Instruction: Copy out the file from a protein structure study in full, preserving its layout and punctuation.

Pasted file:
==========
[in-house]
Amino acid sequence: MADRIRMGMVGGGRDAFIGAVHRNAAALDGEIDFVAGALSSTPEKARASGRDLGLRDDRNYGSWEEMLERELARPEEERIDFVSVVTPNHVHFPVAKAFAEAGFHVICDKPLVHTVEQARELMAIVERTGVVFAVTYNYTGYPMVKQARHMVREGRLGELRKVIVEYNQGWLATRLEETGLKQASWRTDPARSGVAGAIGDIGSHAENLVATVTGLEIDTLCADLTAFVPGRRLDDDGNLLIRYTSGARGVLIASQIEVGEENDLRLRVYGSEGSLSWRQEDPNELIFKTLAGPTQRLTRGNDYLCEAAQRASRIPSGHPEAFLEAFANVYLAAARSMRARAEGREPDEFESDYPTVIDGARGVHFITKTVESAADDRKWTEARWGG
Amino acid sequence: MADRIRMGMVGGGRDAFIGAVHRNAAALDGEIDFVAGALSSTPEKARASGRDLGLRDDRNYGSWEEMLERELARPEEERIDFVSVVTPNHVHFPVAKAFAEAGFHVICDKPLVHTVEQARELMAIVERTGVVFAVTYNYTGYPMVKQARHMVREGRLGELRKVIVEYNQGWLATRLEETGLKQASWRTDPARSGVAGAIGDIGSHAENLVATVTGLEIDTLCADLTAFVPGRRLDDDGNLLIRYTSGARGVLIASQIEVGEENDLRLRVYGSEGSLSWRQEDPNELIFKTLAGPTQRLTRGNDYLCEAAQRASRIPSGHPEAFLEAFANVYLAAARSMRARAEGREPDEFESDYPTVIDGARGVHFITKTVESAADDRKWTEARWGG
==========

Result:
[in-house]
Amino acid sequence: MADRIRMGMVGGGRDAFIGAVHRNAAALDGEIDFVAGALSSTPEKARASGRDLGLRDDRNYGSWEEMLERELARPEEERIDFVSVVTPNHVHFPVAKAFAEAGFHVICDKPLVHTVEQARELMAIVERTGVVFAVTYNYTGYPMVKQARHMVREGRLGELRKVIVEYNQGWLATRLEETGLKQASWRTDPARSGVAGAIGDIGSHAENLVATVTGLEIDTLCADLTAFVPGRRLDDDGNLLIRYTSGARGVLIASQIEVGEENDLRLRVYGSEGSLSWRQEDPNELIFKTLAGPTQRLTRGNDYLCEAAQRASRIPSGHPEAFLEAFANVYLAAARSMRARAEGREPDEFESDYPTVIDGARGVHFITKTVESAADDRKWTEARWGG
Amino acid sequence: MADRIRMGMVGGGRDAFIGAVHRNAAALDGEIDFVAGALSSTPEKARASGRDLGLRDDRNYGSWEEMLERELARPEEERIDFVSVVTPNHVHFPVAKAFAEAGFHVICDKPLVHTVEQARELMAIVERTGVVFAVTYNYTGYPMVKQARHMVREGRLGELRKVIVEYNQGWLATRLEETGLKQASWRTDPARSGVAGAIGDIGSHAENLVATVTGLEIDTLCADLTAFVPGRRLDDDGNLLIRYTSGARGVLIASQIEVGEENDLRLRVYGSEGSLSWRQEDPNELIFKTLAGPTQRLTRGNDYLCEAAQRASRIPSGHPEAFLEAFANVYLAAARSMRARAEGREPDEFESDYPTVIDGARGVHFITKTVESAADDRKWTEARWGG